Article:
I think there might be an out-of-sight-out-of-mind element to it. But it's, it is interesting because I talked to so many people and it's just not how we understand our oral health. I feel like we tend to have more of a mechanical relationship with our mouths in terms of when we need, when we have holes in our teeth, we go and get them filled. Or when I need my teeth cleaned, I go and get my teeth cleaned without really digging into the why behind it. Or you look at flossing, I think a lot of people may think of flossing is just to get food particles, but there's all these anaerobic species that are actually causing gum disease and by flossing you're actually exposing them to oxygen, actually helping solve that problem, and when I explain that to my friends, then all of a sudden they start flossing, but I don't have a great answer. It seems at some point in history we took the mouth out of the body in terms of healthcare and we really created this silo, and I think that's something we're really trying to break down at Bristle, is to recognize, one, the importance of it. And two, there's a community in there and we need to take care of it and actually nurture it like we do the rest of our body.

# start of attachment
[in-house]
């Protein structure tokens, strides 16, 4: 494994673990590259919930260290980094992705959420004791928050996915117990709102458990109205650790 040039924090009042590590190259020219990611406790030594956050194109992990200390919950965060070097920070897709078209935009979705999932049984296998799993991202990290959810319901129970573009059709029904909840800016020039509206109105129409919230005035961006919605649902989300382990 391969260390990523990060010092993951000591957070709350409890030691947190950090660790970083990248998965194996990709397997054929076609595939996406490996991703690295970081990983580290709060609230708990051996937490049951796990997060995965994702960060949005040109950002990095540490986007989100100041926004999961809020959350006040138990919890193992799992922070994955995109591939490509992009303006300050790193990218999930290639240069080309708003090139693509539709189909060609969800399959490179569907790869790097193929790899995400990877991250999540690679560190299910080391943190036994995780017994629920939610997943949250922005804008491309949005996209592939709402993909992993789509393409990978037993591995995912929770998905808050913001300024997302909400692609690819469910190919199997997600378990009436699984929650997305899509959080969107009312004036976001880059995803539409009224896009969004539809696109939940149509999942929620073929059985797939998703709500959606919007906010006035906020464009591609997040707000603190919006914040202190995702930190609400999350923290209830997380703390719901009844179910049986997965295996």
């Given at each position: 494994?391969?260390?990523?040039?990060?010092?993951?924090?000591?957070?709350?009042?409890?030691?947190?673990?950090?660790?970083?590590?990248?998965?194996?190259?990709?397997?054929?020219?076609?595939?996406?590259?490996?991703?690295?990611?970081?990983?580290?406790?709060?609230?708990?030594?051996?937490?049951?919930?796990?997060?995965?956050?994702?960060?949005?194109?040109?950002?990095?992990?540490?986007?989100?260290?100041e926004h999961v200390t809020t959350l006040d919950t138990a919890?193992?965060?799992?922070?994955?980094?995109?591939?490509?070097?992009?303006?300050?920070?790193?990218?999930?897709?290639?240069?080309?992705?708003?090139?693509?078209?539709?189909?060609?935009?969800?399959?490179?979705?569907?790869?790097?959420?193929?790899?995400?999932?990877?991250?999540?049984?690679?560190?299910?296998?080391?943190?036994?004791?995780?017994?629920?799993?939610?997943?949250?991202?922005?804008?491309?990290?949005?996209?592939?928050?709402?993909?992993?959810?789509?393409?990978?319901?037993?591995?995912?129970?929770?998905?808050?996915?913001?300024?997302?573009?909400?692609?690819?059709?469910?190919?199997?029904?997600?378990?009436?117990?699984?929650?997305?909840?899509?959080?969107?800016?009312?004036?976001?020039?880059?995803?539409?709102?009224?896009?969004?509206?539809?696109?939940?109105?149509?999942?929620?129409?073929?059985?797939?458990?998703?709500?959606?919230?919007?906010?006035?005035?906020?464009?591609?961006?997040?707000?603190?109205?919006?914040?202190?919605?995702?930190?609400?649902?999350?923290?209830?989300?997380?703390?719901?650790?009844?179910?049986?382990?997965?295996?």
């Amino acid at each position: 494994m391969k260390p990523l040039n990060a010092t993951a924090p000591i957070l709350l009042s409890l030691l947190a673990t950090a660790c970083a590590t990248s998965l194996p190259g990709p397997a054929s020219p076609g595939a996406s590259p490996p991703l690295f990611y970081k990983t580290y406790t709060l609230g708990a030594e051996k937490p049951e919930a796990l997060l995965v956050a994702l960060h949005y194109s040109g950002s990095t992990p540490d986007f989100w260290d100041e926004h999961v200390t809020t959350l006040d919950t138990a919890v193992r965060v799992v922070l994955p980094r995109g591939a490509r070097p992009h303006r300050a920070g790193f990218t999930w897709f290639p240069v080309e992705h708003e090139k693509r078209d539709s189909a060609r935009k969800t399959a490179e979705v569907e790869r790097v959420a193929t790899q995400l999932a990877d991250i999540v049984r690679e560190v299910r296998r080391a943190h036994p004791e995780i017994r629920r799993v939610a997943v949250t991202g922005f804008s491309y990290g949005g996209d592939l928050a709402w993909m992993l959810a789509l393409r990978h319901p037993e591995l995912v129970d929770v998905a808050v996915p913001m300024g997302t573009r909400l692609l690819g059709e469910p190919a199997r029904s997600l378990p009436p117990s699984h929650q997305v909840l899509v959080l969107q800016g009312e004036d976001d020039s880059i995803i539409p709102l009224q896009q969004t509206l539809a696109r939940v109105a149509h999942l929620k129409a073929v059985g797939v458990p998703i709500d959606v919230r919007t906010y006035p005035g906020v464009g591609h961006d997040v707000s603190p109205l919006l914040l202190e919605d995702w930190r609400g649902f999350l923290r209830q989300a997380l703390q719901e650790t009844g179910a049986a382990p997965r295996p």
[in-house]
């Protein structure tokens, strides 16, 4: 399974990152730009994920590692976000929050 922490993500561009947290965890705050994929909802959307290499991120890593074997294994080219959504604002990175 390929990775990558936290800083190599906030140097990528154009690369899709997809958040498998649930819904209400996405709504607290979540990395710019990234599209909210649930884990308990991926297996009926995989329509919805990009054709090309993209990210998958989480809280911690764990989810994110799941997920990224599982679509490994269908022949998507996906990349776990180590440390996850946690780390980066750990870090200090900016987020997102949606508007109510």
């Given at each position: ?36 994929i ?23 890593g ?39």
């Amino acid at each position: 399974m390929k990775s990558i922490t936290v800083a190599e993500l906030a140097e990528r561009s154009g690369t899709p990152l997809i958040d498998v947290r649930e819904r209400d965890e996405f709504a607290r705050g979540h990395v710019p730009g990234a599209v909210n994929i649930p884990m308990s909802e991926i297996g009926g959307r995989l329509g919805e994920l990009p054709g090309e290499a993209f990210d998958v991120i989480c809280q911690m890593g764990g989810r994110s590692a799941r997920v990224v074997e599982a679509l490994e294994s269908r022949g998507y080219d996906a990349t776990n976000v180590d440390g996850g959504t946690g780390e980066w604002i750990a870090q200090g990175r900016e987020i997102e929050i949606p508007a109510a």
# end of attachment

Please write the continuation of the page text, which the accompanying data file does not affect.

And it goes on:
Andreea Borcea:
So that must be a particularly interesting challenge for you marketing-wise. Like not only are you launching a product that has to do the marketing, like prove that you're worthwhile, prove that you're trustworthy. But it sounds like there's probably a lot of education in how you have to market because you have to educate people that they should even care about their oral health.

Brian Maurer:
Definitely, yeah, and that was a burden we knew we were going to bring in for a long time, and I think, maybe naively thought it would be, had we'd be able to do it a lot more effectively and a lot sooner than we have. We probably could have taken notes that the dental industry has been trying this for a long time, but I think where we really invested was in our content marketing and in our approach of how do we convey this information and take people on this journey of understanding. One, you have bacteria in your mouth. Two, they impact your oral health. Three, Your oral health is important, and Bristle's the right company to trust with for your oral health. So it is a challenge and it's something we think about a lot.